4

In connection with the moderator elections, we are holding a Q&A thread for the candidates. Questions collected from an earlier thread have been compiled into this one, which shall now serve as the space for the candidates to provide their answers. Due to the submission count, we have selected all provided questions as well as two of our back up questions for a total of 10 questions.

As a candidate, your job is simple - post an answer to this question, citing each of the questions and then post your answer to each question given in that same answer. For your convenience, I will include all of the questions in quote format with a break in between each, suitable for you to insert your answers. Just copy the whole thing after the first set of three dashes. Oh, and please consider putting your name at the top of your post so that readers will know who you are before they finish reading everything you have written.

Once all the answers have been compiled, this will serve as a transcript for voters to view the thoughts of their candidates, and will be appropriately linked in the Election page.

Good luck to all of the candidates!


  1. What do you think this site's biggest challenge is? (E.g. post quality or quantity, too many/few closures, bad tools/guidance, etc.) What do you think should be done about it (whether it's by moderators, users in general, Stack Exchange staff, etc.)?

  2. The community may benefit from having you as a moderator, but what do you hope to gain? Why would you choose subjecting yourself to the additional responsibility?

  3. This site occasionally gets new users who do not yet understand the Stack Exchange norms. How do you propose to educate them on best practices (when and how to ask questions/post comments/post answers)? Sometimes new users simply will not respond to suggestions, though. At what point (if ever) is it reasonable for you as a moderator to cut your losses and start downvoting, closing, or even deleting their posts without explaining yourself?

  4. How would you deal with a user who produced a steady stream of valuable answers, but tends to generate a large number of arguments/flags from comments?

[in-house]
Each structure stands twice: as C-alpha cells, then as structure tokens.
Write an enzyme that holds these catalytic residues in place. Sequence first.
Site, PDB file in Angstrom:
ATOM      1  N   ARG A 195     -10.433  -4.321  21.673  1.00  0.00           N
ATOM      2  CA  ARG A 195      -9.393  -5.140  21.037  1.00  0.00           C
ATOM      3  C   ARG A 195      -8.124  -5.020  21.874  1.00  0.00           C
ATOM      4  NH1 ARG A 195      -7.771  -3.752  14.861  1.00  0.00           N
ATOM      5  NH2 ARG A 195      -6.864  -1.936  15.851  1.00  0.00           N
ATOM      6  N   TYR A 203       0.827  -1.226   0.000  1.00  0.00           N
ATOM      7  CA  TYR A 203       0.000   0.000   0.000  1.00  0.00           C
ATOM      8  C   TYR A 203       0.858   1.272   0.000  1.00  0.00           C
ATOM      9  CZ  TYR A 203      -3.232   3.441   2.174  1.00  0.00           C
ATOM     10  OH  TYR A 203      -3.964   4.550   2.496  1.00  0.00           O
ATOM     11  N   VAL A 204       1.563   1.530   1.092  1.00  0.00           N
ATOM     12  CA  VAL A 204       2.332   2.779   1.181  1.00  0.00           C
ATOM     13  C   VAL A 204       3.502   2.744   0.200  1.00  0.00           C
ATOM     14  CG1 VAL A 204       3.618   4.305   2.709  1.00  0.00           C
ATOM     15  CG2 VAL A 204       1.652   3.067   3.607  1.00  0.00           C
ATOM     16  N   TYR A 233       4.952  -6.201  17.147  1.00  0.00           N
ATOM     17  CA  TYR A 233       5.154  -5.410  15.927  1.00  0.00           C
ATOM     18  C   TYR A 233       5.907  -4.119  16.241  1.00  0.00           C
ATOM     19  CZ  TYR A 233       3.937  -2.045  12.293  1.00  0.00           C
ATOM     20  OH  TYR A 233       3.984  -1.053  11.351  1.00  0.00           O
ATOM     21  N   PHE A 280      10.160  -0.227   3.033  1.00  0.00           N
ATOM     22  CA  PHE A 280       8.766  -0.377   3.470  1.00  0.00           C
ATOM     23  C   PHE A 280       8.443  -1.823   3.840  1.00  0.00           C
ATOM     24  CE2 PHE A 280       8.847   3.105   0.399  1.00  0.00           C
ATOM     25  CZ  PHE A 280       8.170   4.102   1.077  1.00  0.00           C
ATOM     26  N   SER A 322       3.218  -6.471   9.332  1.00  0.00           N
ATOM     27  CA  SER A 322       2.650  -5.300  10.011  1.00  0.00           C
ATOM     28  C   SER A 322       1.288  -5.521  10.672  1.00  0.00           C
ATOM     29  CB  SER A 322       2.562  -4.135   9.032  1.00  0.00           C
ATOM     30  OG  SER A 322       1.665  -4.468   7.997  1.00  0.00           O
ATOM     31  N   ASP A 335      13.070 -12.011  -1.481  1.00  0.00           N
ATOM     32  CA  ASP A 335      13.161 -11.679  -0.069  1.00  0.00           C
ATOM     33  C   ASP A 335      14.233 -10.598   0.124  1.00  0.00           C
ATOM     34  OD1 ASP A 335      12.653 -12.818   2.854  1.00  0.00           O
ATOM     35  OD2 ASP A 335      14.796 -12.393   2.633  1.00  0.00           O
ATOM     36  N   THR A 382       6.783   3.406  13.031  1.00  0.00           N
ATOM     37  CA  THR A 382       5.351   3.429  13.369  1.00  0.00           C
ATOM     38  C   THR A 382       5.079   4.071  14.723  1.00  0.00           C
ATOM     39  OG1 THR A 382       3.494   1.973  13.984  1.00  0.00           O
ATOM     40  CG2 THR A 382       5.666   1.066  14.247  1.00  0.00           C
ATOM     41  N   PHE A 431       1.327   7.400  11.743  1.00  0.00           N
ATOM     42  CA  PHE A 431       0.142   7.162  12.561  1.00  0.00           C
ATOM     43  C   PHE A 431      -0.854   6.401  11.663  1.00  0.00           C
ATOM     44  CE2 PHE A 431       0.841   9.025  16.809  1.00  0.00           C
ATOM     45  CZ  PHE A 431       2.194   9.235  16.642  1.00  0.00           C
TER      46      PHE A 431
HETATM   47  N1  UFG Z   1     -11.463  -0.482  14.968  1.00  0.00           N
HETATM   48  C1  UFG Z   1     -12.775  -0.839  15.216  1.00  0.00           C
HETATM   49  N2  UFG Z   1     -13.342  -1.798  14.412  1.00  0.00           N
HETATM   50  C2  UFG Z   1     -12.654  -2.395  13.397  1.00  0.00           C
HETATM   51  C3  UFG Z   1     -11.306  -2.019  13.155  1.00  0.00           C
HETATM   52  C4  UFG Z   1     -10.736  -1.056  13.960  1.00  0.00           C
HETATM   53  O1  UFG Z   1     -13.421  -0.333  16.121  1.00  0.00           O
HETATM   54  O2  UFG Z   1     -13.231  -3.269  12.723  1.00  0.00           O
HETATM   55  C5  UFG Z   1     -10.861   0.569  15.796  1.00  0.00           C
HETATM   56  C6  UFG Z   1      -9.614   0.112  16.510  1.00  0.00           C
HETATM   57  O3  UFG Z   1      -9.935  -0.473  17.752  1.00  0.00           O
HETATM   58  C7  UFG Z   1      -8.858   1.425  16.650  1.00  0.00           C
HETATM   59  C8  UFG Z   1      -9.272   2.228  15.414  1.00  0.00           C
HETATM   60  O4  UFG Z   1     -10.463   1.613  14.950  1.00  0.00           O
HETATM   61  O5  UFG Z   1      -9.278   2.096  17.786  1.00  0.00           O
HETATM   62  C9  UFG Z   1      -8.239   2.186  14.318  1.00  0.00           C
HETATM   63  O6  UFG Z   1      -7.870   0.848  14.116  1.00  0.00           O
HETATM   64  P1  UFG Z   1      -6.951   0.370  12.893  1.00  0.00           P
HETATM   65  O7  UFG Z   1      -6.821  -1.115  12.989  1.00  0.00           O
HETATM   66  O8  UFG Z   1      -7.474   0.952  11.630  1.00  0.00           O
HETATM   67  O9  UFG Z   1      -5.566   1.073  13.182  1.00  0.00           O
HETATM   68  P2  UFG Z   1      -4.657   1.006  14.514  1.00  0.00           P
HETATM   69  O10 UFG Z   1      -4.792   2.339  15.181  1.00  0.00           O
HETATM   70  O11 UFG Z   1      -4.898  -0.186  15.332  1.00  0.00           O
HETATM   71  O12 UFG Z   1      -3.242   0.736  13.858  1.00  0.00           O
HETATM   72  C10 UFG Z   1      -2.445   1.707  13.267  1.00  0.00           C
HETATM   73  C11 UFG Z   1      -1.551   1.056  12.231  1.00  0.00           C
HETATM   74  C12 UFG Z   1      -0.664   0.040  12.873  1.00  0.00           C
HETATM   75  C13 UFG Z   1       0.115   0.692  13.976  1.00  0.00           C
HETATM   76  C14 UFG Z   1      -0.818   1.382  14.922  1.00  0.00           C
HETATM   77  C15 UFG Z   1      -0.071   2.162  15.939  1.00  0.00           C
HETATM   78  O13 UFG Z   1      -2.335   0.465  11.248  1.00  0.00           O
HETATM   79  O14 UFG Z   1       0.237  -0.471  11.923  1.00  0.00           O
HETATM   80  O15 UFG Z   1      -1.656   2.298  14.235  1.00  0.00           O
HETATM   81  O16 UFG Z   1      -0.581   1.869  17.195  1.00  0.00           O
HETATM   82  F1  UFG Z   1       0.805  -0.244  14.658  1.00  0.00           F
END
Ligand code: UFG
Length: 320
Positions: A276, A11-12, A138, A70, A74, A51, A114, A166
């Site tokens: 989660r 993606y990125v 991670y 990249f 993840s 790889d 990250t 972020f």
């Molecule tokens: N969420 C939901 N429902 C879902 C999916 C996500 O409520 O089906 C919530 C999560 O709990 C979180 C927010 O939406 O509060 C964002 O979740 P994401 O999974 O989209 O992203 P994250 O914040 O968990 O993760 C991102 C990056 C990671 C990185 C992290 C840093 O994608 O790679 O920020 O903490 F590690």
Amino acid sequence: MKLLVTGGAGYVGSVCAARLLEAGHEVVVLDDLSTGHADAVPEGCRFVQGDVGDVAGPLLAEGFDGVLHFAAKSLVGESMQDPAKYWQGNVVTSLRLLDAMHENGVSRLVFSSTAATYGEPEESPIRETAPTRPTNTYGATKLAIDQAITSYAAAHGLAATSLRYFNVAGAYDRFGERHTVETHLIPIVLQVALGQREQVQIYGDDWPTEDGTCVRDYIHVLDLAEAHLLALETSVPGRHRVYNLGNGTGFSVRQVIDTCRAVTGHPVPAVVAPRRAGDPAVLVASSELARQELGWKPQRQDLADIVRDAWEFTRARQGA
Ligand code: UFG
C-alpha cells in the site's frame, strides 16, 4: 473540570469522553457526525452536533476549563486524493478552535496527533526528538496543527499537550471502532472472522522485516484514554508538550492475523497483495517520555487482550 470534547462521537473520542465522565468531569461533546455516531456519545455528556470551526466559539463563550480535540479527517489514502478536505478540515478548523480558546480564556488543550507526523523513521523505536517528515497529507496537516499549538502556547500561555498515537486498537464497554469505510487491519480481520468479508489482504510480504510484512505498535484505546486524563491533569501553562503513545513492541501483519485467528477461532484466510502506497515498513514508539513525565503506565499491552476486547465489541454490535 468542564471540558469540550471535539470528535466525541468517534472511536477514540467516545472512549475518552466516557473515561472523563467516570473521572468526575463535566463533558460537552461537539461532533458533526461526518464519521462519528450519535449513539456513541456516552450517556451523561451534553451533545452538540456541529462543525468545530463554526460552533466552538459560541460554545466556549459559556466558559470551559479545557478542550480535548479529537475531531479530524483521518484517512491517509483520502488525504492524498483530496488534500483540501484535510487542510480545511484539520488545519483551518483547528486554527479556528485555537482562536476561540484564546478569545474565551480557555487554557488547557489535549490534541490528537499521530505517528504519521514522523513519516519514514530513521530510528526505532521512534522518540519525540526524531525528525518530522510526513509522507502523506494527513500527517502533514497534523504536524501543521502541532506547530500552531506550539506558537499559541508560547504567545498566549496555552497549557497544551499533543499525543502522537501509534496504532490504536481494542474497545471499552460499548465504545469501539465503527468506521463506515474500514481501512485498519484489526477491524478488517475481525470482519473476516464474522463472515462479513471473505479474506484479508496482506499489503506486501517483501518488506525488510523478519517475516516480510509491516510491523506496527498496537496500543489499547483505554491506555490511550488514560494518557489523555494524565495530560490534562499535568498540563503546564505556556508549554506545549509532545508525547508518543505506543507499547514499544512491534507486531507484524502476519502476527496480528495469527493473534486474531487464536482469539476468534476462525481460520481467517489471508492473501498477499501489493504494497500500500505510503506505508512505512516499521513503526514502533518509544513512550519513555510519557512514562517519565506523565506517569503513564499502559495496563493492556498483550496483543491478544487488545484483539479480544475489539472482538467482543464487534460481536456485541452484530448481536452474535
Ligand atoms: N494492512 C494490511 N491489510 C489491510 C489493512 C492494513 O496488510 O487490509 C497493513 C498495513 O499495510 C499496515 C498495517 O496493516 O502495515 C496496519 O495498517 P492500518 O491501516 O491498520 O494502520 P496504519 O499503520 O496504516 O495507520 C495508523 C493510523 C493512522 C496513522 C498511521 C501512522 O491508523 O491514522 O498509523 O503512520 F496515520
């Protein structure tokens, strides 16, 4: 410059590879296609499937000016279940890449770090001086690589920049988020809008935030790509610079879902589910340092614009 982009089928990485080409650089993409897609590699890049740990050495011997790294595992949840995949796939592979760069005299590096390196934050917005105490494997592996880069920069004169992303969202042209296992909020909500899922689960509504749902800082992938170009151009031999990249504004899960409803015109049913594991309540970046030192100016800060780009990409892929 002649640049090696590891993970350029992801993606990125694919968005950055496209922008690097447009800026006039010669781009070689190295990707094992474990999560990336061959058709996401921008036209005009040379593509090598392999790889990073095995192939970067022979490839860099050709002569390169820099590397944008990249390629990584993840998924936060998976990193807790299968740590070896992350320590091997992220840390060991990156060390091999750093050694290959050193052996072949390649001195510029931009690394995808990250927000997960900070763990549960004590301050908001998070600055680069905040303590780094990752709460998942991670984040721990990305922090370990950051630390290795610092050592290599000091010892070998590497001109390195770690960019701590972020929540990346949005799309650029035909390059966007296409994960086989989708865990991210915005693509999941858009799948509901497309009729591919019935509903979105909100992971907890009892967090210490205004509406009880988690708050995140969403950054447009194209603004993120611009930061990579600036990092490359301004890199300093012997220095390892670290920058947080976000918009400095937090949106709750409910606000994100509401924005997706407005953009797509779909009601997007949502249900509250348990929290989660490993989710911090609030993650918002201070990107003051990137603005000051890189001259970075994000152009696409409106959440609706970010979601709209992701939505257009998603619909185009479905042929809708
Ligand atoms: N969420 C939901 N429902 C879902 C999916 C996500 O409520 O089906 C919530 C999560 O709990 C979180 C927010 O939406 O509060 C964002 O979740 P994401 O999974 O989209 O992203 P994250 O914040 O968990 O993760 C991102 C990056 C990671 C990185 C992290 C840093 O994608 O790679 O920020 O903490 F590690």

5. How would you handle a situation where another mod closed/deleted/etc a question that you feel shouldn't have been?

  6. Users occasionally get into spats in comment sections. What is your role as a moderator in policing civility? What about in managing content (preventing substantive content from being drowned out by commentary)?

  7. This site sometimes gets low-quality questions and answers (idiosyncratic, poorly researched, poorly explained, riddled with typos, etc.). What do you think the moderator's role is in dealing with these types of posts? Should moderators be interventionist or laissez-faire in dealing with these posts? If interventionist, how should moderators intervene?

  8. Stack Exchange for Emacs: cute? nice? neat? awesome? how-dare-anyone-use-anything-else?

  9. A diamond will be attached to everything you say and have said in the past, including questions, answers and comments. Everything you will do will be seen under a different light. How do you feel about that?

  10. In your opinion, what do moderators do?

5

Gilles's answers

  1. What do you think this site's biggest challenge is? (E.g. post quality or quantity, too many/few closures, bad tools/guidance, etc.) What do you think should be done about it (whether it's by moderators, users in general, Stack Exchange staff, etc.)?